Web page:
Genét, Gustav Folmer2; Ostrowski, Sisse Rye4; Sørensen, Anne Marie4; Johansson, Pär I.2
1 Section of Surgery and Internal Medicine, Department of Clinical Medicine, Faculty of Health and Medical Sciences, Københavns Universitet2 unknown3 Department of Clinical Medicine, Department of Clinical Medicine, Faculty of Health and Medical Sciences, Københavns Universitet4 Department of Clinical Medicine, Department of Clinical Medicine, Faculty of Health and Medical Sciences, Københavns Universitet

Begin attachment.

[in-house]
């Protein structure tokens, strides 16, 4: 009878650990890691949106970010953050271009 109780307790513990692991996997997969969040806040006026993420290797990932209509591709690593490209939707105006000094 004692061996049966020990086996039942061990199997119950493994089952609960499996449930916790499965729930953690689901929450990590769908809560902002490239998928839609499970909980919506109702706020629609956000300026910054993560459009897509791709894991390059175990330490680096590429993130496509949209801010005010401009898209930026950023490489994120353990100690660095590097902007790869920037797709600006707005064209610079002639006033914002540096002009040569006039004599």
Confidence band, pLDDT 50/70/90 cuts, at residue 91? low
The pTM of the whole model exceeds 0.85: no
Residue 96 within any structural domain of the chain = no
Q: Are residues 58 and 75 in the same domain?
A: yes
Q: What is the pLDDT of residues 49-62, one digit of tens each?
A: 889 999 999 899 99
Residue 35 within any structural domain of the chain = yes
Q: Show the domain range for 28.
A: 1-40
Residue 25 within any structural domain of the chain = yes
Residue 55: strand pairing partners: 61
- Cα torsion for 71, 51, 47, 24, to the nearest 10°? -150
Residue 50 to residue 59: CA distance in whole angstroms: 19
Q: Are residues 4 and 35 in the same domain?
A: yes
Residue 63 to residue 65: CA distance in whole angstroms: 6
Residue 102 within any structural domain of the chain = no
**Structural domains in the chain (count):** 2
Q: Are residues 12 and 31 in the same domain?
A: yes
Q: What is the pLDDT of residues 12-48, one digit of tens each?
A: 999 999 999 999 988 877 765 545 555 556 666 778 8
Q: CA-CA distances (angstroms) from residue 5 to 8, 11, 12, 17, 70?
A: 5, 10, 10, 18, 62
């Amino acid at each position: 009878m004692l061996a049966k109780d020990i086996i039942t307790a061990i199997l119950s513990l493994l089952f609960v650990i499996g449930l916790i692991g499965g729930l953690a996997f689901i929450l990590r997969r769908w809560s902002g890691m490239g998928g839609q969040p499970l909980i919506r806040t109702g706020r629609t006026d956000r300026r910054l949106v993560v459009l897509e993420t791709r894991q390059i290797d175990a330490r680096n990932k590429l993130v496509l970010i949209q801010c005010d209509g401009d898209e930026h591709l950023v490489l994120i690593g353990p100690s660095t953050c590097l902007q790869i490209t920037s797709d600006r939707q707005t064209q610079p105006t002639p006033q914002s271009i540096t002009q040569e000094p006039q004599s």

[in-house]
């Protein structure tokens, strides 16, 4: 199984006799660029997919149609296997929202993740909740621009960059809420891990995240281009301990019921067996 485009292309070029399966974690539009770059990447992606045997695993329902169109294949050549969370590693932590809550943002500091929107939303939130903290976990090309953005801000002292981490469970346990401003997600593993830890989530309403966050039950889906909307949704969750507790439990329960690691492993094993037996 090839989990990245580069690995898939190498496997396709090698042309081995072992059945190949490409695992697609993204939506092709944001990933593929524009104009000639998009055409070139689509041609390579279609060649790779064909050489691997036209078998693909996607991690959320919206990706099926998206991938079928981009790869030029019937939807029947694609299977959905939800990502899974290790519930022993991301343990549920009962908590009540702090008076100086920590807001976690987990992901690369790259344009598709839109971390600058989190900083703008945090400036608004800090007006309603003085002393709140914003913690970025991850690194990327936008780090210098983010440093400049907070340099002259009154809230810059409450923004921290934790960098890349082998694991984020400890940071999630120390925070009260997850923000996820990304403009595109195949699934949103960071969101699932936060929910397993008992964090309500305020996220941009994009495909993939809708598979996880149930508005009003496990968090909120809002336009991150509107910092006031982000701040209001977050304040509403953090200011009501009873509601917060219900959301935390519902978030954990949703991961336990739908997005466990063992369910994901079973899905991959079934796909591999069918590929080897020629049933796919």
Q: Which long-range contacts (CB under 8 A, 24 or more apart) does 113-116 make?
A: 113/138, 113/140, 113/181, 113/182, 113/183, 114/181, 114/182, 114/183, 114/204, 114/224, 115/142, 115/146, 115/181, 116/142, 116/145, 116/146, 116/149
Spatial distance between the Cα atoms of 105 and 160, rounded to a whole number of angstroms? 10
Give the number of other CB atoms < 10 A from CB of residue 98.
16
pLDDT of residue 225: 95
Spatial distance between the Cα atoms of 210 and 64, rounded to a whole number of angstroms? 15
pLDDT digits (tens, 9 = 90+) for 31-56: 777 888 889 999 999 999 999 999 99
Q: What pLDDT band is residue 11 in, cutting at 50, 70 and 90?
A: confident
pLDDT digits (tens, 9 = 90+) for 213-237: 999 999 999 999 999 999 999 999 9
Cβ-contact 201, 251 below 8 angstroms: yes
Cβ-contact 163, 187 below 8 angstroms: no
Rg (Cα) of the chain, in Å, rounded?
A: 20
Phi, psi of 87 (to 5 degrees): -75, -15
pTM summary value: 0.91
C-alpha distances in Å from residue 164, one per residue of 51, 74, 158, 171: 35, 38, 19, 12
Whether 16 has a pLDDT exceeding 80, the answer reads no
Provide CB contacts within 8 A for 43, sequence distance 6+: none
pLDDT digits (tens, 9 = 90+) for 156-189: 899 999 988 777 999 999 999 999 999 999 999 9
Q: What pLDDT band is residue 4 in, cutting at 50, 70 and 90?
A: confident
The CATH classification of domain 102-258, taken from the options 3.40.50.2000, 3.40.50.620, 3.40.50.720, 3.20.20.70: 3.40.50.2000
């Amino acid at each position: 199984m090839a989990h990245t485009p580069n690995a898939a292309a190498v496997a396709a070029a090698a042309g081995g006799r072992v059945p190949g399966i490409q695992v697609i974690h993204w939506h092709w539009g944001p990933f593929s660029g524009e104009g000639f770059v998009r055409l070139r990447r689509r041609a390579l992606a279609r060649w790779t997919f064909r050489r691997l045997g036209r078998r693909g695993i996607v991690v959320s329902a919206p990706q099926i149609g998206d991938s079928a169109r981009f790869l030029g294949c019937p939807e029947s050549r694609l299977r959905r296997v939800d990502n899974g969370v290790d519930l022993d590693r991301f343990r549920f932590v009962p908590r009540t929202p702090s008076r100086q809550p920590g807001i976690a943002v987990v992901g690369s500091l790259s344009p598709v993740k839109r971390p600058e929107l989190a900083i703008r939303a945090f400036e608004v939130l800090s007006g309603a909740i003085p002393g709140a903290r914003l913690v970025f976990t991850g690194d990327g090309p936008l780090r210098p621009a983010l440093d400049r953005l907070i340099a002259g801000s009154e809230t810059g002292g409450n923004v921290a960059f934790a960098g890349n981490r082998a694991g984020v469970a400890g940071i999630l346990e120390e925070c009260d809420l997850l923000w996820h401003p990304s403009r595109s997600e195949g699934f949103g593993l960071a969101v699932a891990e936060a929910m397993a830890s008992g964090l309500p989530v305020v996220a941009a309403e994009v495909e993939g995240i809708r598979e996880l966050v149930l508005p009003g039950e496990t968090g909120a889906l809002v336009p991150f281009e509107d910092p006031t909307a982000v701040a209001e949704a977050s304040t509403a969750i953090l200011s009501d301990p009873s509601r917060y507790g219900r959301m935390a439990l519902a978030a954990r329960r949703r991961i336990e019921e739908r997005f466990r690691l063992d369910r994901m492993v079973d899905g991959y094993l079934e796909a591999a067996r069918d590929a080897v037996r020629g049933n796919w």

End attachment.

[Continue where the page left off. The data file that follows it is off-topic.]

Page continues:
Background: Rapid identification of clinically relevant coagulopathies in, acute coagulopathy of trauma shock (ACOTS) has led to the development of faster point-of-care viscoelastic whole-blood-based tests like rapid thrombelastography (RapidTEG). The sensitivity of RapidTEG to detect hyperfibrinolysis, as compared to standard KaolinTEG, is unknown. To investigate this, the ability of RapidTEG, KaolinTEG, and functional fibrinogenTEG (FFTEG) to detect tPA-induced (tissue plasminogen activator) lysis in whole blood from healthy individuals was investigated. Our hypothesis was that the initial powerful clot formation in the RapidTEG assay would reduce the sensitivity as compared to the normally used KaolinTEG assay. We also evaluated the FFTEG assay. Methods: In vitro comparison of the sensitivity of RapidTEG, KaolinTEG, and FFTEG to 1.8 nmol/L tPA in citrated whole blood (299 ± 23 ng/mL plasma) induced hyperfibrinolysis in 10 healthy individuals and duplicate titration of the tPA whole blood (WB) concentration from 0.09 to 7.2 nmol/L (14-1144 ng/mL plasma) in 1 healthy donor. Results: At 1.8 nmol/L tPA, KaolinTEG, RapidTEG, and FFTEG all detected fibrinolysis but with different sensitivities. In the titration study, KaolinTEG and FFTEG displayed a continuous dose-response association and RapidTEG also displayed a dose-dependent response but only for higher levels of tPA, thus yielding a smaller "dose-sensitive range" compared to KaolinTEG and FFTEG. Conclusion: This pilot study demonstrated that KaolinTEG, RapidTEG, and FFTEG all were able to detect lysis at 1.8 nmol/L tPA but with a difference in sensitivity. Furthermore, KaolinTEG and FFTEG showed a continuous dose dependence related to the tPA concentration, whereas RapidTEG only detected lysis at higher tPA concentrations.